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A genre redraws the lines of traditional animation

The first Los Angeles Anime Festival presents an overview of the Japanese style taking the world by storm.

May 02, 2003|Charles Solomon | Special to The Times

The first Los Angeles Anime Festival, which opens tonight at the American Cinematheque in Hollywood with the U.S. premiere of the newest release from Japan's famed Studio Ghibli, marks the growing popularity and importance of Japanese animation in America.

Fifteen years ago, anime was the exclusive domain of a small cadre of hard-core fans. Today, virtually every video store has an anime section: Japanese animated videos reportedly will account for more than $500 million in worldwide sales this year. Anime has become a major presence on American television, airing on more than a dozen networks and cable channels. It's most popular with late teens and twentysomethings, many of whom run the thousands of anime-related home pages, character shrines, art galleries, fan fiction sites and discussion groups.

"Personally, I love anime: I love the graphic styles and the way it covers a much broader range of subjects than mainstream American animation," says Cinematheque programming manager Dennis Bartok. "We've screened a lot of live-action Japanese films over the years and done tributes to Japanese directors, but we hadn't done a separate festival dedicated to anime. So about a year ago, we started planning an annual event to showcase the best new material, including stuff that has never been seen in the U.S., plus sneak previews of things about to come out, some classic films and TV episodes, and gems from the past that have slipped through the cracks."

Director Hiroyuki Morita and producer Nozomu Takahashi will attend the premiere of "The Cat Returns," which brings back Baron, the magical cat from "Whisper of the Heart" (1995), by the late animator Yoshifumi Kondo. Most of the other films and television episodes screening in the two-week festival either have been released on DVD in the U.S. recently or are scheduled for release in the next few months. Several of them -- notably "RahXephon" and "Inu-Yasha" -- are popular in America. Taken together, the screenings offer an overview of the output of the Japanese animation industry over the last few years.

High points of the festival include:

* Miyazaki double feature. Hayao Miyazaki's "Castle in the Sky" (1986) and "Kiki's Delivery Service" (1989) helped to establish the Oscar-winning director's ("Spirited Away") visionary reputation. A fantasy-adventure involving Sheeta, an orphan with links to the legendary sky-kingdom of Laputa, her resolute friend Pazu and a rollicking band of sky pirates, "Castle" offers a fantastic vision of a steam-powered future Jules Verne might have imagined. "Kiki," a coming-of-age story about an adolescent witch, features a hilarious performance by the late Phil Hartman as Gigi, Kiki's sardonic cat. (Next Friday, 9:45 p.m.)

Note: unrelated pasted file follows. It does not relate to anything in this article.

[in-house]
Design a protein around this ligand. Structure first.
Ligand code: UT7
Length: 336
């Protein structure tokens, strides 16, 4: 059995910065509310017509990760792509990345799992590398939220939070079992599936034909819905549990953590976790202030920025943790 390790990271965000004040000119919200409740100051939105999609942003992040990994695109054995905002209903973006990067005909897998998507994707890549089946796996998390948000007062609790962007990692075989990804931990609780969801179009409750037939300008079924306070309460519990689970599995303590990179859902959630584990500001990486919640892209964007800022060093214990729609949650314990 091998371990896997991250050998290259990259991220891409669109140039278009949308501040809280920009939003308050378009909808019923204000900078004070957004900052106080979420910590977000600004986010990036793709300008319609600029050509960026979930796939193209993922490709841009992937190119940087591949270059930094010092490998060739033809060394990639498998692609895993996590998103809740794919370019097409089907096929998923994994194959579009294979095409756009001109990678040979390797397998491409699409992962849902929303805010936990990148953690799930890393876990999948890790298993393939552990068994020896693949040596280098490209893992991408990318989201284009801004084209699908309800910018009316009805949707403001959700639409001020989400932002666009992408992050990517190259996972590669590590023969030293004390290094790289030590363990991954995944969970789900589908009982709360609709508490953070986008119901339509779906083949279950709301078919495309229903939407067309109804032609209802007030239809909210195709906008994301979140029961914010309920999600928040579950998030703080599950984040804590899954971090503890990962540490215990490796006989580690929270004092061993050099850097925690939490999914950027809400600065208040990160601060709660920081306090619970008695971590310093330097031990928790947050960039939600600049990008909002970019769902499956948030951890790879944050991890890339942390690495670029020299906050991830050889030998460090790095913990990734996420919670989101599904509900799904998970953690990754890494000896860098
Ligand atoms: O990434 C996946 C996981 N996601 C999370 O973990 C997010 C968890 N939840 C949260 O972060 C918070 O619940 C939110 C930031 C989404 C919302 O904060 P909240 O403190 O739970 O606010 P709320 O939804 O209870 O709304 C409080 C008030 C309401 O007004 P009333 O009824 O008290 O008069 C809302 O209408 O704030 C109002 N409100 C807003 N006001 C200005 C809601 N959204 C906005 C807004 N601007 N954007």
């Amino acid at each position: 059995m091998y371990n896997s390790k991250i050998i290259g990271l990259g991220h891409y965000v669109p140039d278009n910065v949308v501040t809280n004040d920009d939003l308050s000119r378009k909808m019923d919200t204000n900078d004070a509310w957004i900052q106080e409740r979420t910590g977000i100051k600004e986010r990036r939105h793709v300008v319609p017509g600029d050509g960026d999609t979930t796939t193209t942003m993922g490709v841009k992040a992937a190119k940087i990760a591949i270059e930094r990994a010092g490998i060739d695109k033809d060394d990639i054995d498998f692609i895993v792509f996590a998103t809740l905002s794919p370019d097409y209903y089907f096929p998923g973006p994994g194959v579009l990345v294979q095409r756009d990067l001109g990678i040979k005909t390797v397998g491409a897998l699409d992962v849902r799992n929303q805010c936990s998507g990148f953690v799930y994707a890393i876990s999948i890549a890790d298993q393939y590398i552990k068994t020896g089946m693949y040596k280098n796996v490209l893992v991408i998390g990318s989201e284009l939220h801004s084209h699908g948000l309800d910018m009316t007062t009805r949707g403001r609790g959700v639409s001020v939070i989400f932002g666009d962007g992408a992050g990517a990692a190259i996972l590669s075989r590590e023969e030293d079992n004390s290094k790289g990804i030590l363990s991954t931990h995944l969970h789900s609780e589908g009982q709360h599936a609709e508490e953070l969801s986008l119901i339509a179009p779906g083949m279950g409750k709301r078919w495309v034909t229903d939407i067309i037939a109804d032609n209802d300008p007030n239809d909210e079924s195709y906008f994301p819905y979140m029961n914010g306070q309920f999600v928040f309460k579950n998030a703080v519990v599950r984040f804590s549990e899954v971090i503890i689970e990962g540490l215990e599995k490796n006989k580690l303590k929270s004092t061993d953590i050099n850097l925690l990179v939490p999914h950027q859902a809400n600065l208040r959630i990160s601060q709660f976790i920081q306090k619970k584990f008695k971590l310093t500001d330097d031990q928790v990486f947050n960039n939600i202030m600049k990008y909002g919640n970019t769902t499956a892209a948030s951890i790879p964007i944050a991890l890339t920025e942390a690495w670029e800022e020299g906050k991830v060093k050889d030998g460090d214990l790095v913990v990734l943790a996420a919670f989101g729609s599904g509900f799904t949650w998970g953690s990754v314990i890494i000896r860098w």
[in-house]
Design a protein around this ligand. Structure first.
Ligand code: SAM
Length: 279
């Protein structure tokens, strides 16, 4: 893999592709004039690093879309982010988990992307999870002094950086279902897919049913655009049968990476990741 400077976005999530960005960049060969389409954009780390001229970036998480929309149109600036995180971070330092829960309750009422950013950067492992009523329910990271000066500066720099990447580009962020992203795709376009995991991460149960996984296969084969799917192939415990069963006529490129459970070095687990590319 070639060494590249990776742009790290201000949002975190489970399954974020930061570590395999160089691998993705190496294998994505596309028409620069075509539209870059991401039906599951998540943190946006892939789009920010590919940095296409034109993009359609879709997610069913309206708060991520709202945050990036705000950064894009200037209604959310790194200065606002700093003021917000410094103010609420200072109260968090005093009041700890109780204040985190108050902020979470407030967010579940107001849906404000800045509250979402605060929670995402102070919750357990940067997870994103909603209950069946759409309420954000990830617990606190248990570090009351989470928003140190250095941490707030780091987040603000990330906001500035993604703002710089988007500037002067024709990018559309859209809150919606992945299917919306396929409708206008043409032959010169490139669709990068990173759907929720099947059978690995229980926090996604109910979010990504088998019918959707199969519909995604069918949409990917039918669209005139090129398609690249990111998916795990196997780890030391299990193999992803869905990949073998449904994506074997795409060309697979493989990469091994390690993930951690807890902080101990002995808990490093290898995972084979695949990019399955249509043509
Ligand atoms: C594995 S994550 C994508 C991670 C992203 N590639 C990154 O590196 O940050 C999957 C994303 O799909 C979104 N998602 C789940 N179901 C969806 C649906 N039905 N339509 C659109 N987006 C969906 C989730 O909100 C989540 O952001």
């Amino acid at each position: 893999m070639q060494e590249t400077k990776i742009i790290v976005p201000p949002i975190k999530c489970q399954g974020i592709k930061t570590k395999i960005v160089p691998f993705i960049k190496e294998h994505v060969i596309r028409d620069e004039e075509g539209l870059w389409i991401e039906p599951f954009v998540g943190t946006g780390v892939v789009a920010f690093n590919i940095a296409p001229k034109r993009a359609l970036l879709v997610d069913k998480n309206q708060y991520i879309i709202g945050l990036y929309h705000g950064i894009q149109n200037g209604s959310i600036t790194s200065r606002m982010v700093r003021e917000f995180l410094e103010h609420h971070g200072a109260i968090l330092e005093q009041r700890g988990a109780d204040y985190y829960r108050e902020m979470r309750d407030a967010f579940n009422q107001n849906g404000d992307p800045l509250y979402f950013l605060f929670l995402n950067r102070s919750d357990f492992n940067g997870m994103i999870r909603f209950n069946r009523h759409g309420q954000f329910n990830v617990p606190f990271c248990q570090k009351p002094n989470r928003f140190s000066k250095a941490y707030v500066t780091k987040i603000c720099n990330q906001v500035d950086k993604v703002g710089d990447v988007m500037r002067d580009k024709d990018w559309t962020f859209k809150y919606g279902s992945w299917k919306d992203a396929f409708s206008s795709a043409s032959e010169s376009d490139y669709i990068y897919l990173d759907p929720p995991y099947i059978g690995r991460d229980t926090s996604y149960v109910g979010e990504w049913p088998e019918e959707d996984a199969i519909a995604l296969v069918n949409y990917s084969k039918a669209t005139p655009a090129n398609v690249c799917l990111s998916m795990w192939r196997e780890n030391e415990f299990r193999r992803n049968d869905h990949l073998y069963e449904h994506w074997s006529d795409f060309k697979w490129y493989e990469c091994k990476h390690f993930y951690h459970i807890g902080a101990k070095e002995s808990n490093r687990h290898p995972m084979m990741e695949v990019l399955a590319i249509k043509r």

* "RahXephon" (2002). High school student Ayato discovers the Tokyo of 2015 that he knows has been shielded from the war that the outer world is waging against Mu. When the splendid mecha (giant robot) RahXephon hatches from a gargantuan egg and bonds with Ayato, he's drawn into the conflict. (Saturday, 5:15 p.m.)

* "s-CRY-ed" (2001). Twenty-two years after a devastating earthquake, a small percentage of people in Japan have become "alter users" who command the psychic ability to manipulate matter. Hot-tempered user Kazuma defies authority, embroiling himself in a brutal conflict with a special police force. Well paced and well directed, "s-CRY-ed" ranks among the more original anime series of recent years. (Tonight, 9:30.)

* "Speed Racer" (1967). One of the first so-called "Japanimation" series to air in the U.S., "Speed Racer" debuted in syndication in September 1967. Eighteen-year-old Speed Racer, his friends Trixie, Sparky and Chim Chim, and his brothers Spritle and Racer X, have adventures in the Mach 5 super-car. The character designs reflect the look of '60s Hanna-Barbera kid vid, rather than the indigenous style the Japanese animation industry would later develop. Although the program is billed as a children's matinee, it will probably appeal more strongly to Gen-Xers who grew up watching the show. (Saturday, 3 p.m.)

The two festival tributes honor manga (comic book/graphic novel) artists whose work has been adapted to animation: Rumiko Takahashi and Toshio Maede

Reputed to be the richest woman in Japan, Takahashi has sold more than 100 million books worldwide. "Maison Ikkoku" (1986), a romantic soap opera with comic elements, and the gender-bending martial arts comedy "Ranma 1/2" (1989) already enjoy large audiences in America. Her most recent creation, "Inu-Yasha" (2000), has been eagerly awaited here. Takahashi infuses what could be a formula "magical girl" story with vivid characters, striking visuals and unexpected humorous twists. (May 14, 7 p.m.)

The term hentai (perverted) was coined to describe Toshio Maede's dark, violent "Urotsukidoji" ("Legend of the Overfiend") (1985). The multi-part animated version features young women being raped by hideous demons. The three-part adaptation of "Demon Warrior Koji" (1999), which centers on a stunt-man/supernatural crime-fighter, includes similar misogynistic violence. Some fans feel that anime is still struggling to overcome the negative image it acquired from early screenings of "Overfiend." It's definitely not for children -- or faint-hearted adults. (May 15, 9 p.m.)


Anime festival

Where: Egyptian Theater, 6712 Hollywood Blvd., Hollywood

When: Today-May 15, 7:30 p.m.

Price: $6 to $9

Contact: (323) 466-FILM or

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